Pawl Kut in Mizoram is a colorful harvest festival that is accompanied with ballet, songs and jollity. There is a historical concoction to the Pawl Kut Festival. In the ancient times the Mizos had been staying in the eastern part of the Tiau River. This is in Chin Hills, presently contained by the Burma Border.

Once these Mizos faced a strong challenge because for three consecutive years there was no rain and the fields were dry and incapable of producing crops. So, they asked for the blessings of God who listened to their request and send them rain. In that year there was a bumper crop. Men of Mizoram rejoiced the bliss with tremendous zeal and enthusiasm. From here the Pawl Kut Festival in Mizoram emerged.

After its emergence the fiesta continued to be held in Mizoram amidst extensive fanfare. Pawl Kut Festival in Mizoram is feted as part of thanksgiving to the Lord for his kind assistance in the harvest of Mizos. This richly hued fiesta reminds that incident again and again.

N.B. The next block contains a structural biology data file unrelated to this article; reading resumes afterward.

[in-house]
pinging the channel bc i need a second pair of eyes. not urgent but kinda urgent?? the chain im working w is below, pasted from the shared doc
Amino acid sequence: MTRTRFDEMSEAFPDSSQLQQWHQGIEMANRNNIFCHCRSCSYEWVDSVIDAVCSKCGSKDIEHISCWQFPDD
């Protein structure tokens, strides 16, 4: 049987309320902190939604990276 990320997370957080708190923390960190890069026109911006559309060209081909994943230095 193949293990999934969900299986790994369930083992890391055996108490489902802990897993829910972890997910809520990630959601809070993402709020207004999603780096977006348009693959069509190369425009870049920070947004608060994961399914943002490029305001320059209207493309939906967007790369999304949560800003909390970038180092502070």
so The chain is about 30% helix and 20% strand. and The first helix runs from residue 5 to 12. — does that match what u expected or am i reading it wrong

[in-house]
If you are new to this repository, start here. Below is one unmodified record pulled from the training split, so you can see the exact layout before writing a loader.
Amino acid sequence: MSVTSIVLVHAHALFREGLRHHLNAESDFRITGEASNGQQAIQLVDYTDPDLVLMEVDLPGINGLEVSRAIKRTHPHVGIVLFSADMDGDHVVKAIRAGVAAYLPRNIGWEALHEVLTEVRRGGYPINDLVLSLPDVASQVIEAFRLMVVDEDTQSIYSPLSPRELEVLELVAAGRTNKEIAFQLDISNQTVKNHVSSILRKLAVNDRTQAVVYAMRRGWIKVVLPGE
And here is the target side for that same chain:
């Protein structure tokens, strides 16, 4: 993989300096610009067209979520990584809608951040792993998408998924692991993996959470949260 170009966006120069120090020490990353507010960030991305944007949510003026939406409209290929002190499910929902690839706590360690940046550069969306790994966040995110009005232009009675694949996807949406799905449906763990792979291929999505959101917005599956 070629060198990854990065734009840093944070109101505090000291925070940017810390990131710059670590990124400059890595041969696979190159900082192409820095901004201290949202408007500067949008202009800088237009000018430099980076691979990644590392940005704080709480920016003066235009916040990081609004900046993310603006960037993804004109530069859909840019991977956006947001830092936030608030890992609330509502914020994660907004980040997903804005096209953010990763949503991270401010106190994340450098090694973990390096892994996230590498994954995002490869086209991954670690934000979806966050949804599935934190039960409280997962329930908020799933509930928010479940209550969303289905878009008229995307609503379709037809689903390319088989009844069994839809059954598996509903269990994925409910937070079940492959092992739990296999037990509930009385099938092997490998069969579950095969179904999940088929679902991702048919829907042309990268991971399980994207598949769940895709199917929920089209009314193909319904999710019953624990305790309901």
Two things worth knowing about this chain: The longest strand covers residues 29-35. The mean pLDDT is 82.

The fascinating part of this ceremony is the extensive meal consisting of meat and egg. A day is usually fixed for the carnival before the original ceremony, in which men depart for hunting expeditions and fishing trips. Enough meat is assembled according to one’s capacity. Even the poorest man is supposed to kill at least a fowl for his family.

The women of the family bring in prepared dishes. It consists of rice, boiled eggs and meat. Feeding one another is part and parcel of the Chhawnghnawt. This is also attended extensively by the younger members of the family. In the fiesta the man and women rejoice in Zu drinking, that generally occurs in the household of a rich person.

The Pawl Kut Festival in Mizoram is usually followed by a day of rest. This is known as Eipuar Awim Ni. After the advent of Christian Missionaries, however, these festivals are gradually vanishing.

Pawl Kut is celebrated in December, before the advent of spring which brings in more colors to the carnival.